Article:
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How to Appraise a Business When the Value of the Assets Is Higher Than an Earnings-Based Appraisal
When selling a business the appraisal is one of the most important steps. A good appraisal gives the business owner an accurate gauge of their position in the market and an idea of an achievable sale price. There are a number of ways to appraise a business and the approach to take depends on the type of business and assets available.
Most buyers look at possible earnings when assessing the value of a business, but when the value of assets is higher than an earnings-based appraisal, it can be a good idea to focus marketing on those assets.
An Assets Based Approach
The asset appraisal looks at the business as a set of assets and liabilities. At the most basic, the value of the assets and liabilities is determined and the difference between them is the business value. The difficulty comes in determining which assets and liabilities to include in the valuation and measuring their worth.
For the business owner ready to sell, highlighting assets and minimising liabilities (without outright hiding them) becomes an essential part of marketing.
The physical assets of the business are the most obvious to determine. Tangible assets which business owners might include in valuation include stock, equipment and real estate.
When determining the value of these assets, think about what it would cost to create a similar business today. A buyer is getting all these assets in a bundle rather than having to start from the beginning with all new stock and equipment.
Intangible assets can be relatively easy to list and value, but it is often the intangible assets that make a business a success. Some of these intangible assets are regularly included in business valuation, even if they aren’t listed on any balance sheet.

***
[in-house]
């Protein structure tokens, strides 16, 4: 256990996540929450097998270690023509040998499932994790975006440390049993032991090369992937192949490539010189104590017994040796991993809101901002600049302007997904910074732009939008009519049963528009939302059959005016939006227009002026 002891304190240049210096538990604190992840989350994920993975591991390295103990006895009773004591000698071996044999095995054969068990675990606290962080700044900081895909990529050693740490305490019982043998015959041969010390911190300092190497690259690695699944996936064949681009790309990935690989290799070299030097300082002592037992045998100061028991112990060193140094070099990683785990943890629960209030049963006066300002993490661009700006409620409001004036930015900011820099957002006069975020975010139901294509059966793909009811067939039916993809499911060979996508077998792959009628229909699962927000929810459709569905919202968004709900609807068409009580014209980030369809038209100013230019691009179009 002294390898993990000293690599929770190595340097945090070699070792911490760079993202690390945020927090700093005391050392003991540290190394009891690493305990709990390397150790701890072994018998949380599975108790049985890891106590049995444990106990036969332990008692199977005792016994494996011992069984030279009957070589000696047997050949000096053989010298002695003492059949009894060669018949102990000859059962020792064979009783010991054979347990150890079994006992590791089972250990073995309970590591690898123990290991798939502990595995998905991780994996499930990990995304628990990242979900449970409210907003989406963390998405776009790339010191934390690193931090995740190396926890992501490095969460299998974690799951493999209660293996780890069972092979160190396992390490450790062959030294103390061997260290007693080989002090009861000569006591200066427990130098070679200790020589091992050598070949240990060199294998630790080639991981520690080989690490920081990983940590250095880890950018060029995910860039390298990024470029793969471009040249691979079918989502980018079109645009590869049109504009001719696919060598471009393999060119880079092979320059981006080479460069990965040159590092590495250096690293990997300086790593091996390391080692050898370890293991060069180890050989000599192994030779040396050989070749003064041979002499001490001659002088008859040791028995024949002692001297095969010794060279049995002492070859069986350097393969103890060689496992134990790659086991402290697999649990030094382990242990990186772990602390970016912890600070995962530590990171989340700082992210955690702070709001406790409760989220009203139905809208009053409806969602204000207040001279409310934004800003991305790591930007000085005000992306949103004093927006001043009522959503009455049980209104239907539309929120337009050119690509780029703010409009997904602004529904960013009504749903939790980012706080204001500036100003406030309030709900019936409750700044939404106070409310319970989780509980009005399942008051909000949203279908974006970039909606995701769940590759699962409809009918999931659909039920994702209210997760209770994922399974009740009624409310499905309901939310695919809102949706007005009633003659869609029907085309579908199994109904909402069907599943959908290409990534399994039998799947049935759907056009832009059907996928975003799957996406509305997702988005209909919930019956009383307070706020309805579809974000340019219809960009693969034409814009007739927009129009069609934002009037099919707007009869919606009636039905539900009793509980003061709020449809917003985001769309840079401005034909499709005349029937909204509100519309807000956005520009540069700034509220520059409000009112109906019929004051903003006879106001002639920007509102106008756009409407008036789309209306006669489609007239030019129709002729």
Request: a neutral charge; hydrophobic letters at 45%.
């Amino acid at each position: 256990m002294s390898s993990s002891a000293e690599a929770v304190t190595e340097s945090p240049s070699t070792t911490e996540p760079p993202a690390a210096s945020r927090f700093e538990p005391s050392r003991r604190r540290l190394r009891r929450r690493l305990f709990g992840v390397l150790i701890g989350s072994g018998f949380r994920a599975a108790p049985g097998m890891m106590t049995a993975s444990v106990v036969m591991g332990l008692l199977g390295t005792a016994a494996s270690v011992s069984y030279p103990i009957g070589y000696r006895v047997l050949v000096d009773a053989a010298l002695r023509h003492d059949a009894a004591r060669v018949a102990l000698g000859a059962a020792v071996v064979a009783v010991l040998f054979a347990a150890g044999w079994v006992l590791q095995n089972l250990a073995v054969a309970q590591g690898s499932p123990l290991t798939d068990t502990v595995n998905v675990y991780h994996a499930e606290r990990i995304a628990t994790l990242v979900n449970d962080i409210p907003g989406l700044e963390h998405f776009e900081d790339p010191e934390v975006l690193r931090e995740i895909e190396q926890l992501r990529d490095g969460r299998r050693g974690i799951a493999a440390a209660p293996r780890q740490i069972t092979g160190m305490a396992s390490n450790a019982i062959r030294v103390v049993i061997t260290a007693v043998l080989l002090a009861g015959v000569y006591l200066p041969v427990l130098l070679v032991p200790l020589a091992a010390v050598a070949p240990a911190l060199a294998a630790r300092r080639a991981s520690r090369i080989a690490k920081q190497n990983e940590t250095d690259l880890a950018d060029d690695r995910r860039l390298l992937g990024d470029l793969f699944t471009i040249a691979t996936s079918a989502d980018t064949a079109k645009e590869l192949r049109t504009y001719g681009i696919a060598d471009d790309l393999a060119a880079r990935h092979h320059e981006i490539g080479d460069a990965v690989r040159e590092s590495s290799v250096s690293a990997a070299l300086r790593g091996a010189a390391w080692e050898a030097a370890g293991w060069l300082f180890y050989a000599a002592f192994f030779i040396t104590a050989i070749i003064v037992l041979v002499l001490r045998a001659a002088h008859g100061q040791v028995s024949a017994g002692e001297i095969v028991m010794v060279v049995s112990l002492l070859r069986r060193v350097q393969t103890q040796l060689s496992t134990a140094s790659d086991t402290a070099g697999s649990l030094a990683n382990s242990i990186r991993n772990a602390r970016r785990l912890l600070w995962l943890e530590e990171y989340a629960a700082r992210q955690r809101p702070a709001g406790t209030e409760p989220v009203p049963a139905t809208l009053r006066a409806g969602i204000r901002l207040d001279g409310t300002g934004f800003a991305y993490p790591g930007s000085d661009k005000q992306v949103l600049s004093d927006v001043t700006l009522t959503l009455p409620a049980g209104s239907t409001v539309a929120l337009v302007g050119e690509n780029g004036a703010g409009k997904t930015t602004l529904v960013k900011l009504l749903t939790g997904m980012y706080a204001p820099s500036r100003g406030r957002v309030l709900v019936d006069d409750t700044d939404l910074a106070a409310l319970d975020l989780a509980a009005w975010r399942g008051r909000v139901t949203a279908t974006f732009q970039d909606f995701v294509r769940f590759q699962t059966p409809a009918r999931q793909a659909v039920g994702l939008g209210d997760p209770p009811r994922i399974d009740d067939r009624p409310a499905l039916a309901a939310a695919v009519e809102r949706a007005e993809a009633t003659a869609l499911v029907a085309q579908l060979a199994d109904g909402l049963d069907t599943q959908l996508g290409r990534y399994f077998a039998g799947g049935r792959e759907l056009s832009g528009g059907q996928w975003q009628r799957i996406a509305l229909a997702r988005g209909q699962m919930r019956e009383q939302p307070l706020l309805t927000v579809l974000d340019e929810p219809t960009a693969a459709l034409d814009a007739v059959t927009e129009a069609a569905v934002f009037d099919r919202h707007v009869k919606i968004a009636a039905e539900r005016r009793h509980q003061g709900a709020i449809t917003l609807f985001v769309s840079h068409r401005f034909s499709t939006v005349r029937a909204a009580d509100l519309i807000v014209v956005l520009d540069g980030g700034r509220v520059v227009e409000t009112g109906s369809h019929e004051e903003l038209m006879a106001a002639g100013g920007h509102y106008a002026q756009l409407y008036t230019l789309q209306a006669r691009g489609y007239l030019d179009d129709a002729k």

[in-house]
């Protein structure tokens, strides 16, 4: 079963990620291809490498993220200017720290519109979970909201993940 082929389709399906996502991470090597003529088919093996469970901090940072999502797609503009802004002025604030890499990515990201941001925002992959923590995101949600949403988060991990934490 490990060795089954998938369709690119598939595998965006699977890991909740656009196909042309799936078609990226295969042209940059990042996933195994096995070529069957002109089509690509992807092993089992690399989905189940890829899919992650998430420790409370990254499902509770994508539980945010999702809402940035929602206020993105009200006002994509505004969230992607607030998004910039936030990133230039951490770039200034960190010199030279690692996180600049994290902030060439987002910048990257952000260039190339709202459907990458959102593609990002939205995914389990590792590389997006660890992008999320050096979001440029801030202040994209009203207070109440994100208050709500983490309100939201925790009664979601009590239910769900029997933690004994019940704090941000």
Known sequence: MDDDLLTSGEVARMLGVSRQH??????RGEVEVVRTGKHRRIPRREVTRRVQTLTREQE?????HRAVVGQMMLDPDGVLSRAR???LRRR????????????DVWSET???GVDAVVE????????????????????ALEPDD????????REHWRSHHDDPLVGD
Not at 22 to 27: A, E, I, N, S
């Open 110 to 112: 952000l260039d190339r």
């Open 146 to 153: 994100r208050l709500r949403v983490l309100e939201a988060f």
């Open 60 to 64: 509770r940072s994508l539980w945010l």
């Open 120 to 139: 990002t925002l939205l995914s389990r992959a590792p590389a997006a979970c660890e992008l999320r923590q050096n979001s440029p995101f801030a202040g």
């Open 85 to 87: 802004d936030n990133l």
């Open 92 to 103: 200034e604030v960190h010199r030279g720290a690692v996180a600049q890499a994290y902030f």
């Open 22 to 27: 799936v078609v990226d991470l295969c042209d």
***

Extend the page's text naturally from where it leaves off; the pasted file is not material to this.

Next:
A strong customer base, well-known brand and good reputation should all be considered as valuable business assets. In a world of Google and online business, a well-constructed website and a large social media footprint are also of great value.
Lastly, there are those things that marketers would call unique selling propositions. These are things that make a business stand out from similar companies and keep customers coming back. An example would be grandma’s spice cake recipe for the bakery.
Processes, recipes or products developed internally are often what attracts customers. Because they are developed internally, they don’t have an obvious cost associated and they don’t always get included as an asset. However, they may be the most valuable asset a business owns.
It is hard to put a price on intangible assets, but think again about how much it would cost, in time and money, to develop these assets from scratch. Building a reputation and drawing in customers takes time and in a new business this would be time when the company is not making money.
Liabilities also come in the form of tangible and intangible. The most obvious are those already listed on the balance sheet. Accounts payable, loans, deferred revenues and accrued expenses all count as liabilities that need to be considered. But just as a good reputation and strong brand are assets in a business, a bad reputation is a liability that needs to be considered in a valuation. A weak, or non-existent, presence on the internet and social media can also be considered a liability, as it’s something a new owner will need to develop.
If a business is relying on an asset based appraisal, it’s important to minimise these liabilities at the beginning of the process.
An income approach to appraisal asks what money the buyer will get and when. An asset approach determines the value in the business by asking what it would cost in time and money to build the business today. With valuable assets and minimal liabilities, an asset based approach allows a seller to show buyers what their business is truly worth.
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